1 Schol. Ar. Pl. 701 (p. 162 Massa Positano), “Ἰασώ”
ἐπεὶ καὶ Ἕρμιππος ἐν τῷ πρώτῳ ἰάμβῳ τῶν τριμέτρων Ἀσκληπιοῦ καὶ Λαμπετίας τῆς Ἡλίου λέγει Μαχάονα καὶ Ποδαλείριον καὶ Ἰασὼ καὶ Πανάκειαν καὶ Αἴγλην νεωτάτην. ἔνιοι δὲ προστιθέασιν Ἰανίσκον καὶ Ἀλεξήνορα.
2 Ath. 3.76c
λευκερινεὸς δέ τι εἶδός ἐστι συκῆς, καὶ ἴσως αὕτη ἐστὶν ἡ τὰ λευκὰ σῦκα φέρουσα. μνημονεύει δὲ αὐτῆς Ἕρμιππος ἐν ἰάμβοις οὕτως·
τὰς λευκερινεὼς δὲ χωρὶς ἰσχάδας.
λευκερινεὼ vel -ὼν (gen. sing. / pl.) tent. West
HermippusHermippus is best known as an Athenian comic poet active in the latter part of the fifth century. For this aspect of his career see the 10 testimonia and 94 fragments in vol. 5, pp. 561–604, of Poetae Comici Graeci. 1–3 Iambic Trimeters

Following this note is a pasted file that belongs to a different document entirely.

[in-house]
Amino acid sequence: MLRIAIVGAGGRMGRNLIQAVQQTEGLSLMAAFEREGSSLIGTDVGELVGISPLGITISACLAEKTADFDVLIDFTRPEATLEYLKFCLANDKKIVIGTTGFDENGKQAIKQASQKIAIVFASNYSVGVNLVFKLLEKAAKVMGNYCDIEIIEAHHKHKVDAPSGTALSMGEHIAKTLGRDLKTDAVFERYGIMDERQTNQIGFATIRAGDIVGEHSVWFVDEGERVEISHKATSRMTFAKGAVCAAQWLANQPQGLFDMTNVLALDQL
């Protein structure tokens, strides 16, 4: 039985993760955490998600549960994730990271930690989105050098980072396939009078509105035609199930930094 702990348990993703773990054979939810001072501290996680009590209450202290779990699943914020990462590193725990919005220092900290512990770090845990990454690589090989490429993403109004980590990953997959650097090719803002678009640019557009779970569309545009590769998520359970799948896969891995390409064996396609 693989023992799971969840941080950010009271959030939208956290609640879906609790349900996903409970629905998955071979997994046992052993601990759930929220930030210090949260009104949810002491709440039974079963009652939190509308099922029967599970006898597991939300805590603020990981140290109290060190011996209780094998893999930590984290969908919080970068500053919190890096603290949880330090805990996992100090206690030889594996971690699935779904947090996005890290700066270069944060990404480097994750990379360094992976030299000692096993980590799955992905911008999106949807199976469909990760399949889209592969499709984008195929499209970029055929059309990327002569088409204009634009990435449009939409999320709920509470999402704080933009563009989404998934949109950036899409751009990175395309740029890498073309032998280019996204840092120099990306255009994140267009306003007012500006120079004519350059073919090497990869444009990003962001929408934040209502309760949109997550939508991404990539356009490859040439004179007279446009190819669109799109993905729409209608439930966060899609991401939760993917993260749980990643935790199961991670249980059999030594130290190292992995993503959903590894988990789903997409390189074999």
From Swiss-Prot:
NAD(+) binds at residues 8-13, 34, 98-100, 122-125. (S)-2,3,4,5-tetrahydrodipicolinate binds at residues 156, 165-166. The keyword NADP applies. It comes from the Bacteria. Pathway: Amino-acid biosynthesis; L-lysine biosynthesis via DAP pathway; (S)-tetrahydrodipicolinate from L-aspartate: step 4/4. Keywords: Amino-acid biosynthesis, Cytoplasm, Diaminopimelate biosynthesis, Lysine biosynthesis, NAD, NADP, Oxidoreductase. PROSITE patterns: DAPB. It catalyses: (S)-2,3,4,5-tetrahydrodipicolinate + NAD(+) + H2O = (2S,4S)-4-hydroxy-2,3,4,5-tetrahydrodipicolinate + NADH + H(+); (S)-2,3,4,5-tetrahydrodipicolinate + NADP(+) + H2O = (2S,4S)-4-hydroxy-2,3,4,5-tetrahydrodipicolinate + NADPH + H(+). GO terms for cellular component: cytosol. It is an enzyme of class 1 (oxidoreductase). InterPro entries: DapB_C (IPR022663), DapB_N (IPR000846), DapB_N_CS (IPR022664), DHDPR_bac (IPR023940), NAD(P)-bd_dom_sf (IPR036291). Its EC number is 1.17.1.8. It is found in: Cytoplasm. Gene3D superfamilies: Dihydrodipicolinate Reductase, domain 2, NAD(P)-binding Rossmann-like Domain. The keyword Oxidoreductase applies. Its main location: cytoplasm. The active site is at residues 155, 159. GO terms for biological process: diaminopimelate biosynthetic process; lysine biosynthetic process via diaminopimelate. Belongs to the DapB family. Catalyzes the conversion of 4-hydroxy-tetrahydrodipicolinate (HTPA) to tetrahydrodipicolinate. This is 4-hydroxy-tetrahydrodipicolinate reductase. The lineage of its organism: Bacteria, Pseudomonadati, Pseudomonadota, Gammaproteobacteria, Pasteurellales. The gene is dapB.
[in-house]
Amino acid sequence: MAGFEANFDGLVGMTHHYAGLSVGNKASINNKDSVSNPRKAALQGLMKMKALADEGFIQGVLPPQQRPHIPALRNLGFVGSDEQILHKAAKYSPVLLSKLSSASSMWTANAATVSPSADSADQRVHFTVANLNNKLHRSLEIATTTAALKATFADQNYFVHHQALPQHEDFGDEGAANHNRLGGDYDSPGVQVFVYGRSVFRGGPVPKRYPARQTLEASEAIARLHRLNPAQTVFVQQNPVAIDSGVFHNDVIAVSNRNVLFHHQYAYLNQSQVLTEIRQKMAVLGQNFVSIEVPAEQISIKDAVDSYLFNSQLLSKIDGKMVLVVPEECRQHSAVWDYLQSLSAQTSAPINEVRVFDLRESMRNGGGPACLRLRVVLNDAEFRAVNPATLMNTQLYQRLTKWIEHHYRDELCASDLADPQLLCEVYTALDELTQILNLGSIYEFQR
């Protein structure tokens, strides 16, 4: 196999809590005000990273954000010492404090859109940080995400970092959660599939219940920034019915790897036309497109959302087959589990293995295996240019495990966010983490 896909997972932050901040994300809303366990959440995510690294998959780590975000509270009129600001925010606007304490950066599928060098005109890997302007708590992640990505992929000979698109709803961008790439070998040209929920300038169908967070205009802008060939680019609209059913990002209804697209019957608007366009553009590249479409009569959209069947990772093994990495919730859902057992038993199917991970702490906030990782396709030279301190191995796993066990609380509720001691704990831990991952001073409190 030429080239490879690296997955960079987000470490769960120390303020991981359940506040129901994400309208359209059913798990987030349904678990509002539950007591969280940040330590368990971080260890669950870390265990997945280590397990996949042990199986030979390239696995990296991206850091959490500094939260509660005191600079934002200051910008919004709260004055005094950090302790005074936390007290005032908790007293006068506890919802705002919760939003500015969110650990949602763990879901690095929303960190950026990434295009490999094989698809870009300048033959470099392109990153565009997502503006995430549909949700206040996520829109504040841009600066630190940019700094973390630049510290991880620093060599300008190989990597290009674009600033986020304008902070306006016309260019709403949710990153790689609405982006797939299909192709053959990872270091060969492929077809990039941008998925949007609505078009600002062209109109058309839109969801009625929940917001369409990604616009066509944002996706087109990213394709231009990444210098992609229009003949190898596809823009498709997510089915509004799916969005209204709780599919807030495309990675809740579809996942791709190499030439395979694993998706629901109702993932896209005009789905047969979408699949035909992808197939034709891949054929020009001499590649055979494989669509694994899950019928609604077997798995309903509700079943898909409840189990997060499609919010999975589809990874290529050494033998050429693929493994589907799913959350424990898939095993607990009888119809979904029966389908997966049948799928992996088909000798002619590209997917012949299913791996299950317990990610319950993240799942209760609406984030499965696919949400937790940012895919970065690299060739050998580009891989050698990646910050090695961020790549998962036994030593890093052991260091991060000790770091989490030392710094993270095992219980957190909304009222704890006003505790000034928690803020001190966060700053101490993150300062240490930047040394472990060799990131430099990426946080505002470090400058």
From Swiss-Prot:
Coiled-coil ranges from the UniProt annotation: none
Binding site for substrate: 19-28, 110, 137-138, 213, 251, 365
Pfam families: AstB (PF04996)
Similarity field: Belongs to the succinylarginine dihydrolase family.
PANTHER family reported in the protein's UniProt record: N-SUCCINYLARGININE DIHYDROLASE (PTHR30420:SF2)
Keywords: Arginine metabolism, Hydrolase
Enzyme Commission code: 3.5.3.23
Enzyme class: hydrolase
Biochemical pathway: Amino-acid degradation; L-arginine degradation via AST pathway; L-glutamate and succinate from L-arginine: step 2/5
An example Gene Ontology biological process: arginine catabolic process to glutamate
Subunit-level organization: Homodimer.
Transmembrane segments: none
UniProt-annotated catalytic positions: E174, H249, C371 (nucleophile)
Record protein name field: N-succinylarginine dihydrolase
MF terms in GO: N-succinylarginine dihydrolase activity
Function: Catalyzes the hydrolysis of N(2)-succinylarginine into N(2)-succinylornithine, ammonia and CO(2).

1 Scholiast on Aristophanes, Plutus (“Iaso”)
For Hermippus says in the first iambic poem of his trimeters that the children of Asclepius and Lampetia, daughter of Helius, were Machaon, Podalirius, Iaso, Panacea, and as the youngest Aegle. Some add Ianiscus and Alexenor.
2 Athenaeus, Scholars at Dinner
Λευκερινεός is a kind of fig tree, and this is perhaps the one that produces white figs. Hermippus mentions it in his iambics as follows:
and separately the dried white figs